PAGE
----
Show the records


Too often, Freedom of Information Act requests trigger the federal government's default response: delay and deny. Bureaucrats take forever to get back to a taxpayer seeking public records, then declare those records off-limits, citing one of many exemptions to the law.

On Wednesday, the government's blatant abuse of one of those exemptions made it to the U.S. Supreme Court: the practice of keeping secret records "related solely to the internal personnel rules and practices of an agency." That exemption was used by the Navy to deny a Washington state resident's request for maps showing the projected damage from an explosion at Port Townsend's ammunition dump.

Glen Milner wants to know whether his community would be at risk if the dump blows sky high. Government attorneys told justices that providing that information would allow someone with destructive intentions to find out exactly where some types of explosive materials are stored.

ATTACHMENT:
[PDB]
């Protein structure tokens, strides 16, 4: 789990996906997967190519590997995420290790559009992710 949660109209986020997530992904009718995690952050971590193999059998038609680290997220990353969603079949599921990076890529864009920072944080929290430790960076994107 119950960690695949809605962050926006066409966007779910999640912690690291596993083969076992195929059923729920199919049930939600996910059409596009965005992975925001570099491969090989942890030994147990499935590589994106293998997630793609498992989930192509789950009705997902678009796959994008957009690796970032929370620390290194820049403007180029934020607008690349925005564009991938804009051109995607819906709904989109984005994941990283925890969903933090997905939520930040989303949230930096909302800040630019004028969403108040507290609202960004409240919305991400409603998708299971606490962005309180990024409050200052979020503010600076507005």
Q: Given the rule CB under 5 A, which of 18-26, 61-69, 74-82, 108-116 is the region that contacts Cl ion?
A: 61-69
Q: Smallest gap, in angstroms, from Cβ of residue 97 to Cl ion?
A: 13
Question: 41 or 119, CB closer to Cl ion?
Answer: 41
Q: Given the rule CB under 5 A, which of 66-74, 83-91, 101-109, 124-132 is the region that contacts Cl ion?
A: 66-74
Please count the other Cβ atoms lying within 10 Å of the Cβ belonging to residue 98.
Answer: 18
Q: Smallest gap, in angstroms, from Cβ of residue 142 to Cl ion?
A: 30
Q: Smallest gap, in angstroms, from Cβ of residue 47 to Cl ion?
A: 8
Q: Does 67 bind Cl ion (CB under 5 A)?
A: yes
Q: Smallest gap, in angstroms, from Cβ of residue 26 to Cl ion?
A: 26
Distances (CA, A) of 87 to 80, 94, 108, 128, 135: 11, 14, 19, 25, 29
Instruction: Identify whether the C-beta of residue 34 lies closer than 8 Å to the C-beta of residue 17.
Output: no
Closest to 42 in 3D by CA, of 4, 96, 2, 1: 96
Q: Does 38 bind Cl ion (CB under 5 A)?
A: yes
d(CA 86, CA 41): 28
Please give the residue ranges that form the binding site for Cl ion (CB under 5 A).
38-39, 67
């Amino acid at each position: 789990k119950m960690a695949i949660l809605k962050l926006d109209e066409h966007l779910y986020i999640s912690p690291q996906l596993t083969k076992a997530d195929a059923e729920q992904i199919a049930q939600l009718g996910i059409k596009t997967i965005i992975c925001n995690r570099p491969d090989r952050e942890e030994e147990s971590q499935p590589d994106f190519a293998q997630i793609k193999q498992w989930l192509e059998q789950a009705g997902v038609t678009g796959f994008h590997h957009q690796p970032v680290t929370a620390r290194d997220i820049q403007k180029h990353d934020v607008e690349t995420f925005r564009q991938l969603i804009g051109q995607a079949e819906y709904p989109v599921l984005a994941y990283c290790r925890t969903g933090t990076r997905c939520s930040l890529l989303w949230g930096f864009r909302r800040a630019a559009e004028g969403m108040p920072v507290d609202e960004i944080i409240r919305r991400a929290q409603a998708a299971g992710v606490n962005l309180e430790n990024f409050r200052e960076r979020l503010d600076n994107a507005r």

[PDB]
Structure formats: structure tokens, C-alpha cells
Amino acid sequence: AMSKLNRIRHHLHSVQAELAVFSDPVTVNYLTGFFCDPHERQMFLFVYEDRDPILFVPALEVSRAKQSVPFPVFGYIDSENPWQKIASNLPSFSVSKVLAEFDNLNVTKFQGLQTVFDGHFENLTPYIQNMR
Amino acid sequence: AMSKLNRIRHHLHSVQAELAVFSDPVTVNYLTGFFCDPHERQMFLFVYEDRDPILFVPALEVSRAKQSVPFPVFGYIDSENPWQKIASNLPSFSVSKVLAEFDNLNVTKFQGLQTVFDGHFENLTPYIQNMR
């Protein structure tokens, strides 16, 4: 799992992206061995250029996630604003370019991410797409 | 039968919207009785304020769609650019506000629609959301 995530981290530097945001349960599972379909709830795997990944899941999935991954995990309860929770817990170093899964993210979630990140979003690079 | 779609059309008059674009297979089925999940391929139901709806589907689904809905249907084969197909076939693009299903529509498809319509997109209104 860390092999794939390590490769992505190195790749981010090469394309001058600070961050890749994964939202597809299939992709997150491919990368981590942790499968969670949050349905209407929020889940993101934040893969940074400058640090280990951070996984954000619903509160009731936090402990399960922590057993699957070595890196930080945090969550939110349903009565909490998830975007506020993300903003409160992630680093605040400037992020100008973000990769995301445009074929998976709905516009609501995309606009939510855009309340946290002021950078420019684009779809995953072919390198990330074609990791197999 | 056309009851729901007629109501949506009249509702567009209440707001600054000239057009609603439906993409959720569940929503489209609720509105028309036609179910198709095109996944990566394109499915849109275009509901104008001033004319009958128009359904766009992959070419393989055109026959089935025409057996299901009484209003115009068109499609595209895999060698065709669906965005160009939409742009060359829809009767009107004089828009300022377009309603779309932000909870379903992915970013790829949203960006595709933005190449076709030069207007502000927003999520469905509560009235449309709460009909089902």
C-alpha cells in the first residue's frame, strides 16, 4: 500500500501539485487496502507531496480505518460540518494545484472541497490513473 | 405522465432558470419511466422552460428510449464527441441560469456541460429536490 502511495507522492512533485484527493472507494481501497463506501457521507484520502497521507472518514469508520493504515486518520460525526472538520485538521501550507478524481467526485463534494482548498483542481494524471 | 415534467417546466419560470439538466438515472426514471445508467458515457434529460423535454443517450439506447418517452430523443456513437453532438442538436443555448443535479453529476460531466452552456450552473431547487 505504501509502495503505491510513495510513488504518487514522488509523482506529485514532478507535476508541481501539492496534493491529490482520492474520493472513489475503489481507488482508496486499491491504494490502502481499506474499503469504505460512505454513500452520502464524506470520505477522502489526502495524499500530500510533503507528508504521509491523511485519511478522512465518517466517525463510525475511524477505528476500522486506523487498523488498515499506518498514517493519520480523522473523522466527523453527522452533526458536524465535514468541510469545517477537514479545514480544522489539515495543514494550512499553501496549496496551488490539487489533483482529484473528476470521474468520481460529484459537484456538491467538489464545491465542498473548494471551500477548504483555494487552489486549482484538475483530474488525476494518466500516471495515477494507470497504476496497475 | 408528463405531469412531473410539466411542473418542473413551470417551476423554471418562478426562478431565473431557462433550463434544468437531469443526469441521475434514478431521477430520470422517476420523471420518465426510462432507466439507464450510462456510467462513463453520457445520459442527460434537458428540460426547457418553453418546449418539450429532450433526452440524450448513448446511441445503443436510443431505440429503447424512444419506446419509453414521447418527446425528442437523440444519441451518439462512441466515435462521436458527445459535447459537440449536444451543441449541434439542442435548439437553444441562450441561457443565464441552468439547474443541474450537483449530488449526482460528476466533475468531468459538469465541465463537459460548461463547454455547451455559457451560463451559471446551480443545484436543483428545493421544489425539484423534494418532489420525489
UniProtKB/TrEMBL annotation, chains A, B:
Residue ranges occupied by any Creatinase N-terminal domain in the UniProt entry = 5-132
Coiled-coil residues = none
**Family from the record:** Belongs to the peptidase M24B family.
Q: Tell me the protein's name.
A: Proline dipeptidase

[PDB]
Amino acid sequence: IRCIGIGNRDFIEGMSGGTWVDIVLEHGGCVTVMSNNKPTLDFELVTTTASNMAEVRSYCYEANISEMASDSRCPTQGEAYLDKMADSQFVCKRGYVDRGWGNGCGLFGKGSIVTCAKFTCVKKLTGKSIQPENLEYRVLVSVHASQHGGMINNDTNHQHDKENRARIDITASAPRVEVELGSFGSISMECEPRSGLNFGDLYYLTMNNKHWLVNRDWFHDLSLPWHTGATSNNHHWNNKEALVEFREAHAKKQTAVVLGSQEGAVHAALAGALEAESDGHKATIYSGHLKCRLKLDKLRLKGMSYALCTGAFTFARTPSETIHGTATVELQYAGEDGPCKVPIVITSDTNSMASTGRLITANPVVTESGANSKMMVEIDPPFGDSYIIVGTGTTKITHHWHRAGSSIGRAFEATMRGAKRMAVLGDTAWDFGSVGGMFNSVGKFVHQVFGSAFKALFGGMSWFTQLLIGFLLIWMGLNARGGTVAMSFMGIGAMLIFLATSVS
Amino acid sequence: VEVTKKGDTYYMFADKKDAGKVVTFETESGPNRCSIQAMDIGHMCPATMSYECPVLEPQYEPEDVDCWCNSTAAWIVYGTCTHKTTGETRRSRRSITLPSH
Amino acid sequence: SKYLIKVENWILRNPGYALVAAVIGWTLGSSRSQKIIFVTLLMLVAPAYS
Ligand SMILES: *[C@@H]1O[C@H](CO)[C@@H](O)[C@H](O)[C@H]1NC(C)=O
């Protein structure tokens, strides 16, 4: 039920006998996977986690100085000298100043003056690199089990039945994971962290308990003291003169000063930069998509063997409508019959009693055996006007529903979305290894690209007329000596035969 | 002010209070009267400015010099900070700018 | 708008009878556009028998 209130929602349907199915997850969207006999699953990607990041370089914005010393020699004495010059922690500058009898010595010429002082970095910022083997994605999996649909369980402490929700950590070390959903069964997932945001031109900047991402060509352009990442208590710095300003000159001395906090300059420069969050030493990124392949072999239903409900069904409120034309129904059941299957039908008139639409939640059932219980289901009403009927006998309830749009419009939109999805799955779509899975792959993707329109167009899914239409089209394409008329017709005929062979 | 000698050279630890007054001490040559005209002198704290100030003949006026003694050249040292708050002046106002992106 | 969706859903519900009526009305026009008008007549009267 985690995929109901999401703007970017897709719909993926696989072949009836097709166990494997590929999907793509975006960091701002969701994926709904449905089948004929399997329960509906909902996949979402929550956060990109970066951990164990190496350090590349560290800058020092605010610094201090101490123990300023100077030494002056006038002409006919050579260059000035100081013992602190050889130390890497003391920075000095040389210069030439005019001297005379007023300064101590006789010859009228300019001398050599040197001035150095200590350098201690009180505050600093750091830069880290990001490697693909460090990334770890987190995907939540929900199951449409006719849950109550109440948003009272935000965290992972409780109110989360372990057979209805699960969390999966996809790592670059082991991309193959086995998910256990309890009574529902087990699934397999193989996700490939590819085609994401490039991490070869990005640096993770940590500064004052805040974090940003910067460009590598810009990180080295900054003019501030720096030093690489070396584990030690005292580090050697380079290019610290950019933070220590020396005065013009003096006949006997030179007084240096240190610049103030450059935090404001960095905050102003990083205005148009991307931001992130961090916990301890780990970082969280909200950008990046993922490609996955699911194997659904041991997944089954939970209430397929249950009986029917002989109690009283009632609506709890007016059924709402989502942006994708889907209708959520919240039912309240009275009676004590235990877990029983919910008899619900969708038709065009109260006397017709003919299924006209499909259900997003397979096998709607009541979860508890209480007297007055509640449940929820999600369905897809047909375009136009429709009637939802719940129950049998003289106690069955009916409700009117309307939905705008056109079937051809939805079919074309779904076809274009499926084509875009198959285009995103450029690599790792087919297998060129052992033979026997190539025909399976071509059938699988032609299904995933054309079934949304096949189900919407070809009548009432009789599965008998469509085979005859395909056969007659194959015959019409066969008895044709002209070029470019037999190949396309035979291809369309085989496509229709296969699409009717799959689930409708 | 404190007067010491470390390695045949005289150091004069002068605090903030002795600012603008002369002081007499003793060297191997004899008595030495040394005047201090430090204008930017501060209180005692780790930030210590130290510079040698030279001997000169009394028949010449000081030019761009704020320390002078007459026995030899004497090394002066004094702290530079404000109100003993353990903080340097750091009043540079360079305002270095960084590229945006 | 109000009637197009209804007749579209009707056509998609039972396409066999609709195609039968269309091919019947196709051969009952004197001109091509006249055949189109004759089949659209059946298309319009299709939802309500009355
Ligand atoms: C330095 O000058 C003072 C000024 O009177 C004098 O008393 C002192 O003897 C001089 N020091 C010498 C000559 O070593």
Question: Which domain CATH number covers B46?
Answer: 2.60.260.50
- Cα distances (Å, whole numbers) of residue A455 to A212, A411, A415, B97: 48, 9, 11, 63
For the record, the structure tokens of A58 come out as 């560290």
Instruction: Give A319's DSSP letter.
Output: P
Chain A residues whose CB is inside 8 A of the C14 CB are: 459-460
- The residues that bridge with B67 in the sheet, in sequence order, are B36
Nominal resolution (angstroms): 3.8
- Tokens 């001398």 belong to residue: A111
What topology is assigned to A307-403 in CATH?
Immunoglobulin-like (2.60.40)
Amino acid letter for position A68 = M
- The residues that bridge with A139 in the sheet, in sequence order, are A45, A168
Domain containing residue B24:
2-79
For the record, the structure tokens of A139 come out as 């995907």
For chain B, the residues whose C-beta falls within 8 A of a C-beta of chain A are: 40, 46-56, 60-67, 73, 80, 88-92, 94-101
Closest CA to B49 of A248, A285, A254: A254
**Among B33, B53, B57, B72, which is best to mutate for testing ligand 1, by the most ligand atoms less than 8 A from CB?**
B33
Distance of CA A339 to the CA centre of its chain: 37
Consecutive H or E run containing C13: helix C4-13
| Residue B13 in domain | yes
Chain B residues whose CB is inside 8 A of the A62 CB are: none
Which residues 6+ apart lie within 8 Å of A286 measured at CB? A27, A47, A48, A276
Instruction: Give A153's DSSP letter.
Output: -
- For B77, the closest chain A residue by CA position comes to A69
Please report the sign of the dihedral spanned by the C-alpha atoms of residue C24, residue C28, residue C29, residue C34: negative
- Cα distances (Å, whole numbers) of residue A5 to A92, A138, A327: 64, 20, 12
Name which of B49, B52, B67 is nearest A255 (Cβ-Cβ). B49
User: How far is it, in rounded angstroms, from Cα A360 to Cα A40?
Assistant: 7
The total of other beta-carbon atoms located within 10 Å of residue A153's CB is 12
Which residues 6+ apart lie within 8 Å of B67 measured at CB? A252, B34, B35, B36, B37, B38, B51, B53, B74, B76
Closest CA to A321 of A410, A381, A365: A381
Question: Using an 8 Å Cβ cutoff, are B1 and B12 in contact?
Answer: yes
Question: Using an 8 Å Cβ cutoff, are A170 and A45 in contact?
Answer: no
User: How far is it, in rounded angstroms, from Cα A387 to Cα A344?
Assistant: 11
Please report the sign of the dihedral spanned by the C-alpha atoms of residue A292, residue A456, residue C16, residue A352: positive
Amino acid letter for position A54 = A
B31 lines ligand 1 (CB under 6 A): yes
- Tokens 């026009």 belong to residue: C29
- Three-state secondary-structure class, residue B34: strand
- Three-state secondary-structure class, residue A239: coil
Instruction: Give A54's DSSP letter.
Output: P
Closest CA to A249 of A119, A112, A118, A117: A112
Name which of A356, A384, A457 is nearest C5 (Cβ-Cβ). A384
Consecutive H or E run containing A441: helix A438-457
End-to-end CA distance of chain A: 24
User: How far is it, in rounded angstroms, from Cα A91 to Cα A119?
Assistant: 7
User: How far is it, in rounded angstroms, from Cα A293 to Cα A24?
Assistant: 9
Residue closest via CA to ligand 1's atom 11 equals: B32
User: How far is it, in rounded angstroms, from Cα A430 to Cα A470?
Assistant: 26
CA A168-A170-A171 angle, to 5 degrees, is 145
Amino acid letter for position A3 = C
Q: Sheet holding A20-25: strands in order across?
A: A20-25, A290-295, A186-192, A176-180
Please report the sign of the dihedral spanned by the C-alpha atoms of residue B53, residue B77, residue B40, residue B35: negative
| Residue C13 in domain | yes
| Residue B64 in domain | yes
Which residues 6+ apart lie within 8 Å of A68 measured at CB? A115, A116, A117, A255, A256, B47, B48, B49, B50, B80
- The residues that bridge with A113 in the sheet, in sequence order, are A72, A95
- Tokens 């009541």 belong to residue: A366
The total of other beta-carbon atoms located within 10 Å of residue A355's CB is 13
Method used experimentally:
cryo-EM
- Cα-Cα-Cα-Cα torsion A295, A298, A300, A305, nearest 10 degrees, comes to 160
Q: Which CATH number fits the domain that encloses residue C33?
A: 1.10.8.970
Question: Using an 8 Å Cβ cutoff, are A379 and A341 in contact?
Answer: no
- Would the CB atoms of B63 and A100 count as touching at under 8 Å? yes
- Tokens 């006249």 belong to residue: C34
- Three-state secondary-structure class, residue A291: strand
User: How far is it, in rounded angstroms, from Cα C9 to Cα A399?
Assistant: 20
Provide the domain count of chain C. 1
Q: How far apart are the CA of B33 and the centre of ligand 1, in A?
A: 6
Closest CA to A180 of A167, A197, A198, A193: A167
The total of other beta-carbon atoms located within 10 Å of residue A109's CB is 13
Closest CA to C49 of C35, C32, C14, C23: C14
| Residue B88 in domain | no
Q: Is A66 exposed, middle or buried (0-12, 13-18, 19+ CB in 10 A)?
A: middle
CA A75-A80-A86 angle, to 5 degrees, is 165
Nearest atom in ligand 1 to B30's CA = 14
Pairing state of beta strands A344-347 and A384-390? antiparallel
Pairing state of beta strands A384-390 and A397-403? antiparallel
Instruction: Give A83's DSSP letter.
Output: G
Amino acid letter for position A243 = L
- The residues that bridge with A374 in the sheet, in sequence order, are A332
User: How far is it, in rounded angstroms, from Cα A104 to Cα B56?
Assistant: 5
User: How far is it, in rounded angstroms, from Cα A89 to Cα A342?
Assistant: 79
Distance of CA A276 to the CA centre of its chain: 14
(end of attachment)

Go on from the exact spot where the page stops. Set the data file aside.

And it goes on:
But the Navy didn't use FOIA's national security exemption to deny Mr. Milner's request. It used the personnel exemption, which is such a stretch that Chief Justice John Roberts said the court would have to "torture the language in FOIA" to prevent the release of the records.

"If the agency has a rule that says put Explosive A in Building 1 and put Explosive B in Building 2, that's hard for me to explain that it's just a personnel rule, other than, as Justice Scalia says, everything, all functions have to be undertaken by humans," Justice Anthony Kennedy said.

Perhaps the biggest problem with FOIA requests is the arbitrary range of responses citizens can encounter from state to state, agency to agency. Indeed, Mr. Milner's attorney, David Mann, told justices that while one Navy official refused to release records associated with the ammunition dump, an official at a nearby submarine base, responding to an FOIA request, provided Mr. Milner with a map that showed the probable range of damage from an explosion at that location.

When the high court issues its decision next year, it should sharply define and limit FOIA's personnel exemption. The ruling must send a clear signal to federal gatekeepers everywhere: The taxpaying public has a right to see your work.

 

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